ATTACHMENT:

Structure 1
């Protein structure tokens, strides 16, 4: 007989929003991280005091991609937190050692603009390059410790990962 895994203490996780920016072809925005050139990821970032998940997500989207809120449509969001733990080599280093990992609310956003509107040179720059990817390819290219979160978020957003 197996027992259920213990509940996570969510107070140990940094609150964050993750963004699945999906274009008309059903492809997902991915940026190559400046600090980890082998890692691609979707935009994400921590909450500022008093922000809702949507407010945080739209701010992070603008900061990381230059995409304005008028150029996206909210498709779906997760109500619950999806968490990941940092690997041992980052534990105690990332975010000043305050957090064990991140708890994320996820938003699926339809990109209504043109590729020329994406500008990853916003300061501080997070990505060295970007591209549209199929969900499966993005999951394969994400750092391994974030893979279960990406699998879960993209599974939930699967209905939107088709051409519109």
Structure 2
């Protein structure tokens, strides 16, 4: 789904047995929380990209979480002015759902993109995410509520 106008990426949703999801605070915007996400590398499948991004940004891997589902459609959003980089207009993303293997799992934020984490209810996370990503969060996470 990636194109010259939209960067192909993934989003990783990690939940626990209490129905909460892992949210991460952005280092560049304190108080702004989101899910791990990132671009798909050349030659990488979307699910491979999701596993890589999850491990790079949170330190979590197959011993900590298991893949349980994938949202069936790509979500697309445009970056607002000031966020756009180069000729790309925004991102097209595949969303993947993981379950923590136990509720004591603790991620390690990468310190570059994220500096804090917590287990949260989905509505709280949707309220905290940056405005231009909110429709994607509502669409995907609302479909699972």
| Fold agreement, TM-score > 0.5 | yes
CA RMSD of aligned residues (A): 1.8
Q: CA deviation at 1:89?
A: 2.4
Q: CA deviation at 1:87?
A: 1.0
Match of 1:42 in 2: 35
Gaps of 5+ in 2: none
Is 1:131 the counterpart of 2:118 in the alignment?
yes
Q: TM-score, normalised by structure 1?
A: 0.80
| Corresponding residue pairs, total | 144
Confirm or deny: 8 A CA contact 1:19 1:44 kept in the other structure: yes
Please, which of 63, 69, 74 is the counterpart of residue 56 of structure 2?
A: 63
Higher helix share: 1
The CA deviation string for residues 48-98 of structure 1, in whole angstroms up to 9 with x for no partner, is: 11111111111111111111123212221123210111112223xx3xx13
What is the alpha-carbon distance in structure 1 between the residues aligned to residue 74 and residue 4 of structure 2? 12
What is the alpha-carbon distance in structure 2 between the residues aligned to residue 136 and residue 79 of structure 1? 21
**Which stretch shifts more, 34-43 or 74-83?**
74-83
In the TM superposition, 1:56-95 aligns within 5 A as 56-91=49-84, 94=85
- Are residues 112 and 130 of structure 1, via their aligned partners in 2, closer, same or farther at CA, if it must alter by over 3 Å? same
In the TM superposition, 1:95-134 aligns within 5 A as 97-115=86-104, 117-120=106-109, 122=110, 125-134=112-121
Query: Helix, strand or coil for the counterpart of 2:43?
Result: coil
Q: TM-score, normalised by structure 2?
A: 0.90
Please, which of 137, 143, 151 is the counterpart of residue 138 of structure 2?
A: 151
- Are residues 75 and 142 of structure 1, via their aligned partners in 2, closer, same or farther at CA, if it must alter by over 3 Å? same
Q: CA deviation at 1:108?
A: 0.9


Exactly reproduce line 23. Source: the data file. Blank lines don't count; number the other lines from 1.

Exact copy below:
What is the alpha-carbon distance in structure 1 between the residues aligned to residue 74 and residue 4 of structure 2? 12